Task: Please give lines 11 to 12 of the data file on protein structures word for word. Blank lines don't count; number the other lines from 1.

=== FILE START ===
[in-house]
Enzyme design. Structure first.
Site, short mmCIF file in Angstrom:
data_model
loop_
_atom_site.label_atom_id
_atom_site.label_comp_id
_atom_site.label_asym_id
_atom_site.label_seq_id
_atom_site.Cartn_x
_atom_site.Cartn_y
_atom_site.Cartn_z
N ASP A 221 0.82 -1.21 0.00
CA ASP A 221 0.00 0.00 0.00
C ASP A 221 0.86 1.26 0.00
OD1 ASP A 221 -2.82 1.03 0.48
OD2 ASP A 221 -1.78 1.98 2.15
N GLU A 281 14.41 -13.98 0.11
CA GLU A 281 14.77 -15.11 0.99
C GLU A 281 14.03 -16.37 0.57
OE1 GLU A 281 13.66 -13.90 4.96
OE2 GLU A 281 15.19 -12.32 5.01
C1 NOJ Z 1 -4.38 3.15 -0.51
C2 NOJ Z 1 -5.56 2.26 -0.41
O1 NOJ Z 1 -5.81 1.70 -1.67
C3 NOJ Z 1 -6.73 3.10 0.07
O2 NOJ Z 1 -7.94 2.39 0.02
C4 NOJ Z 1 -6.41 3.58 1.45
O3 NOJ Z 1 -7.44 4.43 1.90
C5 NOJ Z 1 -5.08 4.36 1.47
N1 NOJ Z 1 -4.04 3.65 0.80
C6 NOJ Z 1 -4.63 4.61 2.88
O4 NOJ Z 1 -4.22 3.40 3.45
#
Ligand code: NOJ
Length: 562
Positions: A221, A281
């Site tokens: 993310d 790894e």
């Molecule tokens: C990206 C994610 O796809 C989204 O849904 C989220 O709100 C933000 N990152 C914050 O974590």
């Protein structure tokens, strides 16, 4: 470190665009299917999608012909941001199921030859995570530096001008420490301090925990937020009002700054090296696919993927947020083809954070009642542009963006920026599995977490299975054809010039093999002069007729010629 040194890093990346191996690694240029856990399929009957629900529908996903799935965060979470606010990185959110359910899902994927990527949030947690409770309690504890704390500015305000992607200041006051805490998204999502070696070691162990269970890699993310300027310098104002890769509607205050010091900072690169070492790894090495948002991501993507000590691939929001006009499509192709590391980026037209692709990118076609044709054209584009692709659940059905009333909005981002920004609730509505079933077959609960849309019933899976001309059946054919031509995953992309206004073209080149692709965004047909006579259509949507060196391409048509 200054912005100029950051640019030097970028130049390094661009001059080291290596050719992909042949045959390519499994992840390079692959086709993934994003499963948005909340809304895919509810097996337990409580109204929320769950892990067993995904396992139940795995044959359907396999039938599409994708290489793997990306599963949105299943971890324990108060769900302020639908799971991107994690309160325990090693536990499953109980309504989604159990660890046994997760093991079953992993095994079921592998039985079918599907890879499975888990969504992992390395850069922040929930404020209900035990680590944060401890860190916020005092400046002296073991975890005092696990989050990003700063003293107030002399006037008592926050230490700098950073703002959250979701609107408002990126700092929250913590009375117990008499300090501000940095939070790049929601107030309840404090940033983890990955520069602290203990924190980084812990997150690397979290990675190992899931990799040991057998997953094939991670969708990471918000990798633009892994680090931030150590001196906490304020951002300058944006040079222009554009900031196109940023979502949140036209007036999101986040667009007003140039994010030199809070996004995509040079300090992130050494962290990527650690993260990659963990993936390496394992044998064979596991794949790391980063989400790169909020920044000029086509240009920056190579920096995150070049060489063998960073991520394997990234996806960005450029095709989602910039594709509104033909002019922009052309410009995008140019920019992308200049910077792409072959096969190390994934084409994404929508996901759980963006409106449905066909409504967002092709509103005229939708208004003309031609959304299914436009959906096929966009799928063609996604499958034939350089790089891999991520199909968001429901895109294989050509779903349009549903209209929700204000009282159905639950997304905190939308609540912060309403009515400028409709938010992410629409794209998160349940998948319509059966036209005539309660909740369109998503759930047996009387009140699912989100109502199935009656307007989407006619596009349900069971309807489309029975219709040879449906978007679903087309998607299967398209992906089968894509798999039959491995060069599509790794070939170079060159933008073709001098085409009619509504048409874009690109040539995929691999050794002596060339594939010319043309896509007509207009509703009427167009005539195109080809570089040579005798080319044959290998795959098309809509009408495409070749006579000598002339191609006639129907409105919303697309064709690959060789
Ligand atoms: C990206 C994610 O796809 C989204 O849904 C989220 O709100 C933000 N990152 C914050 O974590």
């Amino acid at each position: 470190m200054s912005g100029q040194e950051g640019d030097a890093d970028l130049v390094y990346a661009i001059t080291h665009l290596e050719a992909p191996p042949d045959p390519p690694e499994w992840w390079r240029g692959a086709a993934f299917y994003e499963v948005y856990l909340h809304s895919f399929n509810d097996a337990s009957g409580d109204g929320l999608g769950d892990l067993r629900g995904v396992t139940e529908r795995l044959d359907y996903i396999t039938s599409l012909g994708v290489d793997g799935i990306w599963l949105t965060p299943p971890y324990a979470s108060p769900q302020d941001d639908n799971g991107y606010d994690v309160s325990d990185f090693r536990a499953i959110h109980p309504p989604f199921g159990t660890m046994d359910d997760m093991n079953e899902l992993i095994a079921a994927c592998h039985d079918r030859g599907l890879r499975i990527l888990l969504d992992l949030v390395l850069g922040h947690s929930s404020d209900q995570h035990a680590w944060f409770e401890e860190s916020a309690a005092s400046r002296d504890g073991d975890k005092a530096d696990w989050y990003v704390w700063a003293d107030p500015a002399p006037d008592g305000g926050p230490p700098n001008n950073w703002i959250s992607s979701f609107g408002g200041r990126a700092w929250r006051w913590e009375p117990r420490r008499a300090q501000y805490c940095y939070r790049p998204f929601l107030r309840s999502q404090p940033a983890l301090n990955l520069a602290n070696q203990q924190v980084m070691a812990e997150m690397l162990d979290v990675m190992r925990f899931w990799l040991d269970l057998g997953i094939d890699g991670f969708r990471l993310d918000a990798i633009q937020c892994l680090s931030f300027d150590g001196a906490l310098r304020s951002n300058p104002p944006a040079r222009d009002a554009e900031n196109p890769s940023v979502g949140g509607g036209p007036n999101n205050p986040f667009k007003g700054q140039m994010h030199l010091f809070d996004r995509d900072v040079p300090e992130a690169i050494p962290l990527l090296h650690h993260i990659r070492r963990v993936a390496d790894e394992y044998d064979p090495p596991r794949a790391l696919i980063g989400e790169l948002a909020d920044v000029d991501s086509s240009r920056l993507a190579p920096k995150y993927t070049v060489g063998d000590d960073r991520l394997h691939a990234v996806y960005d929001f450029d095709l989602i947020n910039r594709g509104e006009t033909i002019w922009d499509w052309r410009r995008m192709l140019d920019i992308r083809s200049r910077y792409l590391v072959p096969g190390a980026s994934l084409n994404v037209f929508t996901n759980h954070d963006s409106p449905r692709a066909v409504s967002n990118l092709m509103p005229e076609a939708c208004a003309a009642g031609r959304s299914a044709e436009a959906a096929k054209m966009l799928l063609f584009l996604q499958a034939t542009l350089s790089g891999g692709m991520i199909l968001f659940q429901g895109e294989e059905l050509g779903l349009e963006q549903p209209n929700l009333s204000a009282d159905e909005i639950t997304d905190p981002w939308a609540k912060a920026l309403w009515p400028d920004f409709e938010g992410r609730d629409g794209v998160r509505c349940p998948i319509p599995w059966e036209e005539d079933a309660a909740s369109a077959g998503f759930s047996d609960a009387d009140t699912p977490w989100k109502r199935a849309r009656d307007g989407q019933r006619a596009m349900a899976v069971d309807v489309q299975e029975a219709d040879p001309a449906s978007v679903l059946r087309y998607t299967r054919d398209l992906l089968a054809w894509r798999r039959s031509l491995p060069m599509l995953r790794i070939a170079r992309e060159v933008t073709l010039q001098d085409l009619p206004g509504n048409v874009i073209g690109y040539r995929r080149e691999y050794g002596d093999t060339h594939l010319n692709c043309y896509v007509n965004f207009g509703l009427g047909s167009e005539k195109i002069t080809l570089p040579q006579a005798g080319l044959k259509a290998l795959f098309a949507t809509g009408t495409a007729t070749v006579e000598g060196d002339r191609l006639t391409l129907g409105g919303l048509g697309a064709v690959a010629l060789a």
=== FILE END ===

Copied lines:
_atom_site.Cartn_y
_atom_site.Cartn_z